I have tried to make the project as simple as possible for everyone to build their own. If you have any doubts or if I have made mistakes anywhere feel free to use the comments section.

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      31 Comments

      0
      cfwantz
      cfwantz

      4 months ago on Step 8

      I can't wait to make this! Though honestly, you've made yours look so good, I'd straight up buy either a kit, or a finished product, from you

      0
      sharathnaik
      sharathnaik

      Reply 4 months ago

      Thank you for that! But you can make it look good too. It's just 3d printing so it shouldn't be thatt difficult.

      0
      cfwantz
      cfwantz

      Reply 4 months ago

      Ah, it's not the 3d printing that I'm worried about. It's the hardware and wiring!

      0
      sharathnaik
      sharathnaik

      Reply 4 months ago

      Aha, I tried to keep it as simple as possible. If you find soldering difficult you can always use a breadboard and keep the electronics outside of the base.

      1
      joshuaanjorin9
      joshuaanjorin9

      1 year ago

      Can I use ardunio lily?

      0
      sharathnaik
      sharathnaik

      Reply 1 year ago

      Yes, of course you can.!

      0
      willmauritsen
      willmauritsen

      11 months ago

      When I upload the test code and open the serial monitor and put my finger on the heart sensor, everything works fine and I can see the value changing.
      But when I go and upload the code that controls the whole thing, I get this error message;

      sketch_may11a:4:10: error: Servo.h: No such file or directory
      #include

      #define REPORTING_PERIOD_MS 1000
      ^~~~~~~~~
      compilation terminated.
      exit status 1
      Servo.h: No such file or directory

      I am assuming it must be something wrong with the servo, and I am using a SF0180 servo instead of a SG90 servo, which may be the problem but you might know what I am doing wrong...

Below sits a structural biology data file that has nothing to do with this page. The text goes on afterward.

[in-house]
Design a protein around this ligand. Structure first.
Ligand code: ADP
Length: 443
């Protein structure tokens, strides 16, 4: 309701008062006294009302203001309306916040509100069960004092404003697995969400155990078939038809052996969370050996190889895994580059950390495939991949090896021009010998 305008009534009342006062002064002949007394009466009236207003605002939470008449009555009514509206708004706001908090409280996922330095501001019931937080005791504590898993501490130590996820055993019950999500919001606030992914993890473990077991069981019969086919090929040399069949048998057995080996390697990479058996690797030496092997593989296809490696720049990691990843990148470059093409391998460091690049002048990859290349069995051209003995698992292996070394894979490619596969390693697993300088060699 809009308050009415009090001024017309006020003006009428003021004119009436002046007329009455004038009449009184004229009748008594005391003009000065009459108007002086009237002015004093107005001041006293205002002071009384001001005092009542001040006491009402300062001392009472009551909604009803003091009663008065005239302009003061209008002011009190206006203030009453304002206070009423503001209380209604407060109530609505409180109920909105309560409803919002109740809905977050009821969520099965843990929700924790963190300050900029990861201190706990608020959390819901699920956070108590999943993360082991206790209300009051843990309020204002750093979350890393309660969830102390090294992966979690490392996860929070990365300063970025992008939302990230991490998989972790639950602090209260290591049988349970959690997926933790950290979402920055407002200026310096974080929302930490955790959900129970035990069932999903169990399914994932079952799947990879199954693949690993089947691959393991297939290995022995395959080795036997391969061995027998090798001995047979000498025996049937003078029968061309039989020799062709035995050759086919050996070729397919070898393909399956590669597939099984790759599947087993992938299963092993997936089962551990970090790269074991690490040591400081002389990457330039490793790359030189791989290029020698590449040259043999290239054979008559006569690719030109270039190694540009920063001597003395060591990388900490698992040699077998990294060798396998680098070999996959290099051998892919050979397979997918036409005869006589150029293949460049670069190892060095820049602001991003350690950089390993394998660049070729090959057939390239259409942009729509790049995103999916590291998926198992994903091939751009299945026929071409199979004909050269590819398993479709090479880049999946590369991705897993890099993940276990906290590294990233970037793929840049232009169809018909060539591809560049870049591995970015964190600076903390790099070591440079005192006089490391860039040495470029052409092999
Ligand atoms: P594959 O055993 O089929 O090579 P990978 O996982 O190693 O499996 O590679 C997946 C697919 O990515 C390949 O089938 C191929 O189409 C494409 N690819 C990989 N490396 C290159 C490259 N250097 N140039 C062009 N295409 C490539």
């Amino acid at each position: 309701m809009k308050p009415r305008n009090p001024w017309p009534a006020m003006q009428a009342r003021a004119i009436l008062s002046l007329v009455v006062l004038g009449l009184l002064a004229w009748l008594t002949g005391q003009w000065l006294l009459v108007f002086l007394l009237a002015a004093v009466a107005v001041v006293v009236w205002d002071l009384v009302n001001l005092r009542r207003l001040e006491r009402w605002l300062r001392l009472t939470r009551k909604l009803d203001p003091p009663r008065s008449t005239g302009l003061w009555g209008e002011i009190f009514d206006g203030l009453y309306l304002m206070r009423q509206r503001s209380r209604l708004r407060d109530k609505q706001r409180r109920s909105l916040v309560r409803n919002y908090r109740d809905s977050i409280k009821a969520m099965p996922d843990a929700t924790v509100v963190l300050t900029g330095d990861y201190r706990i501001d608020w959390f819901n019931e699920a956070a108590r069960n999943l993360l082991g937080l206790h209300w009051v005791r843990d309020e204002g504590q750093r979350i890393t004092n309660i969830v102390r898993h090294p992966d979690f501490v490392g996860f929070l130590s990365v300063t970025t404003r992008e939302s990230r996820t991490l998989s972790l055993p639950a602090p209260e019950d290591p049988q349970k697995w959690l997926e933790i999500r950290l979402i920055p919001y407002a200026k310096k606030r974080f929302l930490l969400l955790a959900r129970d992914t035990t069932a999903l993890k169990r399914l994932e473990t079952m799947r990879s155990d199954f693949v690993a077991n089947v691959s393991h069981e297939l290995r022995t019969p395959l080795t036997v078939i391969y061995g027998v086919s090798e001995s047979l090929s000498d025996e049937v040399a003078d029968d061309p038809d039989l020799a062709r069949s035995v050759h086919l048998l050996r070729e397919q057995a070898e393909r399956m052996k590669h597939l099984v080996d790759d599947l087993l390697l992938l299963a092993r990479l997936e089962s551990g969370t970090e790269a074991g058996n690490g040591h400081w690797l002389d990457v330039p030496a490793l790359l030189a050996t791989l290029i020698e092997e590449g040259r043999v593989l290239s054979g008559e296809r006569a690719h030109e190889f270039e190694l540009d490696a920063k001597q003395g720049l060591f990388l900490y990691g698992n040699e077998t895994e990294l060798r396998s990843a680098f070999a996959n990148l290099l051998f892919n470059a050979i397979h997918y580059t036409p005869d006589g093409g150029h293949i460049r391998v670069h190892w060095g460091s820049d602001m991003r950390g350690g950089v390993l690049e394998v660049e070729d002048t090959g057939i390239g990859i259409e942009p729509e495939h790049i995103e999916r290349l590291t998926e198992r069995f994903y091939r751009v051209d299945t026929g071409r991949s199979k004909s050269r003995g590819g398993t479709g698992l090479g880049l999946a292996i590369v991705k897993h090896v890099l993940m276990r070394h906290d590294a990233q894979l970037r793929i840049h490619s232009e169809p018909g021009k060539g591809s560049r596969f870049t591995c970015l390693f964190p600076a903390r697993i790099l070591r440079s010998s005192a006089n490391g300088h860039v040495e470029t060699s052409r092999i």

Thanks!

      heartvisualizererrorarduino.JPG20200511_174736.jpg
      0
      sharathnaik
      sharathnaik

      Reply 11 months ago

      Hey Will, firstly I noticed that your code had some tags like <p></p>. Those are not supposed to be there and I realized it's also there in the code snippet I provided. I guess it got added when copying the code from my pc. I have updated the code now. So please copy the above code and use that.
      Now coming to the main issue, I don't think SF0180 servo is causing the problem but rather the servo library is missing. It usually comes installed with Arduino IDE but for some reason is missing from yours. You can install that by going to Sketch --> Include library --> Manage libraries --> Seach for Servo and you will find one by Michael Margolis --> Click on install and then restart your Arduino IDE. That should solve your problem. If you cant find the servo library you can search for how to install the servo library manually. To check if the library has been installed, under Sketch --> Include library, you should now see Servo in the list of libraries.
      Also, it's better you run a simple servo program first to see if the servo is working perfectly. and then you can upload the main code to see if everything works together.